251.4 million years ago, the earth experienced the most severe extinction event ever recorded. The Permian-Triassic (P-Tr) extinction event (informally referred to as the Great Dying) involved the loss of 90% of all extant species. This included about 96% of all marine species and 70% of terrestrial vertebrate species.
There are a number of theories about what caused the event:
- A comet or meteor impact
- Massive volcanic activity
- Continental evolution
- A supernova destroying the ozone layer
- Methane clathrate release
Some combination of such factors may well be responsible. Regardless of the initial cause, one of the defining elements of the P-Tr event was a high degree of global warming. Mean global temperatures increased by about 6°C, with much higher increases at the poles. This period also involved the large-scale failure of ocean circulation, leaving nutrients concentrated at the ocean bottom and an acute lack of oxygen in the sea. The latter was the product both of decreased circulation and the large-scale die off of the kind of phytoplankton species that now produce about 90% of the planet’s oxygen.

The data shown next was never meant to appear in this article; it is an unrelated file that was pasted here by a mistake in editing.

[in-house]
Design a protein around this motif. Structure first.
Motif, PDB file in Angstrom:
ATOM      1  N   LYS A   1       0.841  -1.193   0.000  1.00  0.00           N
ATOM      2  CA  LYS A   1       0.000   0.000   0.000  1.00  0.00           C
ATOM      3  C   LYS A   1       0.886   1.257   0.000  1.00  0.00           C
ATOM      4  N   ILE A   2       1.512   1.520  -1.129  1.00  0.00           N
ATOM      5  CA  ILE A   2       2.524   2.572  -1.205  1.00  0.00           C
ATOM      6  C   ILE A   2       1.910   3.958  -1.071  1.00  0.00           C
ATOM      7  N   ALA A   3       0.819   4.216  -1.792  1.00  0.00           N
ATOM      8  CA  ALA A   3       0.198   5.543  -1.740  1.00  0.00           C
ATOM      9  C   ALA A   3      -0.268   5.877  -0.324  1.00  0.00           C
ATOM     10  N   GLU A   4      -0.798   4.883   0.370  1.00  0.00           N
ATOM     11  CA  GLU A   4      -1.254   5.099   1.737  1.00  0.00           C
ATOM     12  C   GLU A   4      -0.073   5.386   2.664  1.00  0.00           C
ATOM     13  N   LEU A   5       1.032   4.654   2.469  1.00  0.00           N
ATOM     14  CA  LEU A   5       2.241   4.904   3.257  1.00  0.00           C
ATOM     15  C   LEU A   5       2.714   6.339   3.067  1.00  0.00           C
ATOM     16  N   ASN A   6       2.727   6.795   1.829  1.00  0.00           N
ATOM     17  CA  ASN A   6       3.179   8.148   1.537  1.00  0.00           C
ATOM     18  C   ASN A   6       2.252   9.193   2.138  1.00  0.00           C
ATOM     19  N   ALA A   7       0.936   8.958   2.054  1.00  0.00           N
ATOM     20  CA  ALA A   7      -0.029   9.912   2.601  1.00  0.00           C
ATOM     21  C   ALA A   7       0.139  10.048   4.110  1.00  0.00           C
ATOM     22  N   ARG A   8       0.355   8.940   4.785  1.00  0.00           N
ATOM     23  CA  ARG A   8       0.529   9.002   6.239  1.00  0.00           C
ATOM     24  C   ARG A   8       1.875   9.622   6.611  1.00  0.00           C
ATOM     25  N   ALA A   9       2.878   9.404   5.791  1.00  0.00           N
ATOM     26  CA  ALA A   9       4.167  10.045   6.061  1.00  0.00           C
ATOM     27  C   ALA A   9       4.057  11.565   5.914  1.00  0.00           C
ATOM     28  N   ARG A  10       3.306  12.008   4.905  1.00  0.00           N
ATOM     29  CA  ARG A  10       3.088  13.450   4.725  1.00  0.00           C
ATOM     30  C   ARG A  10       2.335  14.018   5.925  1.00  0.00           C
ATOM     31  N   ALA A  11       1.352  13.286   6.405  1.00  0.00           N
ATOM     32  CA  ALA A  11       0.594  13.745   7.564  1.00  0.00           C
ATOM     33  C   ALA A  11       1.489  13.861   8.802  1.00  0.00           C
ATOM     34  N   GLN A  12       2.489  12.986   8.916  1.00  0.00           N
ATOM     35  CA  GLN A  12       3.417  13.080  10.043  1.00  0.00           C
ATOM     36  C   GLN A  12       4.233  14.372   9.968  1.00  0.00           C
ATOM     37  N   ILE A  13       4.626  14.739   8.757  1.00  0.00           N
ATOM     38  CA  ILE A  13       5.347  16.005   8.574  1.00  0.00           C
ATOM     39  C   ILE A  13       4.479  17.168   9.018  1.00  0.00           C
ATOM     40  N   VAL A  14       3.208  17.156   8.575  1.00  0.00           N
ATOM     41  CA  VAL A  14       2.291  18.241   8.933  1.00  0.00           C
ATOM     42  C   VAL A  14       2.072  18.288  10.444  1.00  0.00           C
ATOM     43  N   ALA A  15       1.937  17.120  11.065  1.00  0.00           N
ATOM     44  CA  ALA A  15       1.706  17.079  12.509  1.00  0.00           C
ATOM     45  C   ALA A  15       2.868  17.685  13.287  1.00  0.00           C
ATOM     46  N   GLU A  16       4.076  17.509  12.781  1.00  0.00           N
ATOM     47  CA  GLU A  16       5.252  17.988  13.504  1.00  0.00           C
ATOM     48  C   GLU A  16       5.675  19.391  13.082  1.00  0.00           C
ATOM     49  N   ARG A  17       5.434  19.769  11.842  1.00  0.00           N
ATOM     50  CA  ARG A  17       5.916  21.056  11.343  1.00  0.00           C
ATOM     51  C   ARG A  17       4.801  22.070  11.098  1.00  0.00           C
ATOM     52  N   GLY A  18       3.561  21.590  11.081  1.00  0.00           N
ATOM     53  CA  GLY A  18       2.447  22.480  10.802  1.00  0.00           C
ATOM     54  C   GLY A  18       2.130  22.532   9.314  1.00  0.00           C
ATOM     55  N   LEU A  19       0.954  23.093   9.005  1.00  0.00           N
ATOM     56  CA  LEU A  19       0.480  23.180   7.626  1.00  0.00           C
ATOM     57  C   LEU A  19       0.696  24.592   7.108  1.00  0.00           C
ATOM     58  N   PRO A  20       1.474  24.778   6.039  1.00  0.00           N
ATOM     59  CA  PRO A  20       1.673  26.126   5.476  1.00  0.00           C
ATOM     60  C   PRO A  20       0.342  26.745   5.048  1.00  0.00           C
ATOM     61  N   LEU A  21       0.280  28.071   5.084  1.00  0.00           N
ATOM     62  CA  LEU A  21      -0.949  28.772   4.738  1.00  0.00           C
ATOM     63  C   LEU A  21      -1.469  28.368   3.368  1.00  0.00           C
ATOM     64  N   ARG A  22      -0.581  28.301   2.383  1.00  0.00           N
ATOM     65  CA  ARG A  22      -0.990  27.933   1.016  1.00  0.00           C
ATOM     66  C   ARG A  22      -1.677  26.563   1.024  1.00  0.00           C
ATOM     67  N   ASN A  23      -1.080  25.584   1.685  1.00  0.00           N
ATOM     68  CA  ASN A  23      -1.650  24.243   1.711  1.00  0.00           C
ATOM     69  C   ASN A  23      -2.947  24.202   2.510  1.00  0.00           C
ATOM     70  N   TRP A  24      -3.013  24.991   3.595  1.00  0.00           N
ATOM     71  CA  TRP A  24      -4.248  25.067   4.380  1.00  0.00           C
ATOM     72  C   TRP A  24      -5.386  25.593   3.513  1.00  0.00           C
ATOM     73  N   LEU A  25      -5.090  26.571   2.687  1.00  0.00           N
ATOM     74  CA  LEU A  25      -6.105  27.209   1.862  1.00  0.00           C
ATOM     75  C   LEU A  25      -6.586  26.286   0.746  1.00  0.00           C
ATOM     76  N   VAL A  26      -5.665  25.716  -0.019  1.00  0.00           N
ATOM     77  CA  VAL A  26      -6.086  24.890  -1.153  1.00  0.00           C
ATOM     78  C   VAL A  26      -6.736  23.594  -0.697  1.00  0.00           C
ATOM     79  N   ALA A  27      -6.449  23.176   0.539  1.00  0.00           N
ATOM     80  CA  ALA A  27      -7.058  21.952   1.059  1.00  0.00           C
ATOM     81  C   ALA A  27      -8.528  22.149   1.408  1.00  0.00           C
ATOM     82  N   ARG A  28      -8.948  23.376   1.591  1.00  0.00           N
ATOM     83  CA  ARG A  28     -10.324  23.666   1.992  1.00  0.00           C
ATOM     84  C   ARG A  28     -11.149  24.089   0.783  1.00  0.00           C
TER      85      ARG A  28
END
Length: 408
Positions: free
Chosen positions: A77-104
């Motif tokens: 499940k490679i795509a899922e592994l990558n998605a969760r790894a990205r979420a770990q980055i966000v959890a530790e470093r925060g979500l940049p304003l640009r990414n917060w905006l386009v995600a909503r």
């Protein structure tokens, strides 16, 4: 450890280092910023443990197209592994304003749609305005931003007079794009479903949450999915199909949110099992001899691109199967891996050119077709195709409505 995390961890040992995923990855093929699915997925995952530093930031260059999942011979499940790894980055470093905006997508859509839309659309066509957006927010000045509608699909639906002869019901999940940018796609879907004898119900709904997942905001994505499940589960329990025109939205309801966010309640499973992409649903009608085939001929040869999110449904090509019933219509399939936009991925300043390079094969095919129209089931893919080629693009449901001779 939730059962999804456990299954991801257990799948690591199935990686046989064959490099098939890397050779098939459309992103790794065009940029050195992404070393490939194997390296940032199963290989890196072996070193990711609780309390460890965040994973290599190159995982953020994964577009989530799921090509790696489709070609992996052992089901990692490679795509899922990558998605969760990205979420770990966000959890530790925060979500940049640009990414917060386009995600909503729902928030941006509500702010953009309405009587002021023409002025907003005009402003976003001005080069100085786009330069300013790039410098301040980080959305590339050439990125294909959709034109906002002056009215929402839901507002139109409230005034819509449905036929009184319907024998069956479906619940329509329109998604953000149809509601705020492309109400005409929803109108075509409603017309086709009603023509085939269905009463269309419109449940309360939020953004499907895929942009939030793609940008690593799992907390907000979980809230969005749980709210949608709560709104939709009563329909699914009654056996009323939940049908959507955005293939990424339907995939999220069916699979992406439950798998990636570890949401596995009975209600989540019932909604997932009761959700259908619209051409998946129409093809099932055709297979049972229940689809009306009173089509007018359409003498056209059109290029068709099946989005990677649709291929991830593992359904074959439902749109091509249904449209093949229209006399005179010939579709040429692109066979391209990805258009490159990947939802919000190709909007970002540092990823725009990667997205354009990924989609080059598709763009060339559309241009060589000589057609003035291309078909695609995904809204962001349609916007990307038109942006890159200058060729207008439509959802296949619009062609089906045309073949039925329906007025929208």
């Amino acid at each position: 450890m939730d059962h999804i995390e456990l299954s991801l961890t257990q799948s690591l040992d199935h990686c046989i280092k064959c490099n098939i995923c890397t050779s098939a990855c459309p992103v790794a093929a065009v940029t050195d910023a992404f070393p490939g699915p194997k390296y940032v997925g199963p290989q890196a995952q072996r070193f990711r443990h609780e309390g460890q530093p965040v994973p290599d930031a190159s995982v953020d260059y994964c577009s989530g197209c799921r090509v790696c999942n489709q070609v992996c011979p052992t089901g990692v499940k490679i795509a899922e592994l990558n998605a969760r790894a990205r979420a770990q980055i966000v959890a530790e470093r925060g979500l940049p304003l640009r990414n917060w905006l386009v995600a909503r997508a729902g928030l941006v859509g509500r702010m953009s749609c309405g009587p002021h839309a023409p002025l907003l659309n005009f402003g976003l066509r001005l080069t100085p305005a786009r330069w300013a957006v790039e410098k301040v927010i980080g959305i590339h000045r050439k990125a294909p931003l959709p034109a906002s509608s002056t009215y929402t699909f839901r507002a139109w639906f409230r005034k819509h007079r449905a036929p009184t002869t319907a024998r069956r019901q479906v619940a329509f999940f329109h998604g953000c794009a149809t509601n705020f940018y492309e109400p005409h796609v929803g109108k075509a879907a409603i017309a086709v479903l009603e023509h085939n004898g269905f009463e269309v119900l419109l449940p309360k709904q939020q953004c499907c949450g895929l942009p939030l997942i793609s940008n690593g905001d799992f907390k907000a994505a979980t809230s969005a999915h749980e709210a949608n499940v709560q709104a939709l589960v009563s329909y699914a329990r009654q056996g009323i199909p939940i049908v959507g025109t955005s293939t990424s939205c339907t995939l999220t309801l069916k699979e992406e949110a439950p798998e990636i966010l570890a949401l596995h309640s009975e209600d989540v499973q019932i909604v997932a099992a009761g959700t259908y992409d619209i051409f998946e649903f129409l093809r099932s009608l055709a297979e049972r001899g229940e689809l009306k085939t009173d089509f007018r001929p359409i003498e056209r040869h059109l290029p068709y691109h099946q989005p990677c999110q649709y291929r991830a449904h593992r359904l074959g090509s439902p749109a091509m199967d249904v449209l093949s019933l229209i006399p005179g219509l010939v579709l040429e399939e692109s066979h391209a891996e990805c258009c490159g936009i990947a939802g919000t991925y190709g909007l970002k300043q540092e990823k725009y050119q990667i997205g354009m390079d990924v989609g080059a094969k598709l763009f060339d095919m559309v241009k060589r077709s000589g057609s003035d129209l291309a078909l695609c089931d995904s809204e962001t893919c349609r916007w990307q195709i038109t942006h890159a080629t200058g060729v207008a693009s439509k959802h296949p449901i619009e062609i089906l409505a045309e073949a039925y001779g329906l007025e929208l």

The study of such historical occurrences is useful, largely because it helps to improve our appreciation for how climatic and biological systems respond to extreme shifts. Just as the re-emergence of life after a forest fire and a clearcut may have some common properties, perhaps the patterns of decline and reformation after the P-Tr event can offer us some insight into macro level processes of ecological succession after traumatic climatic events.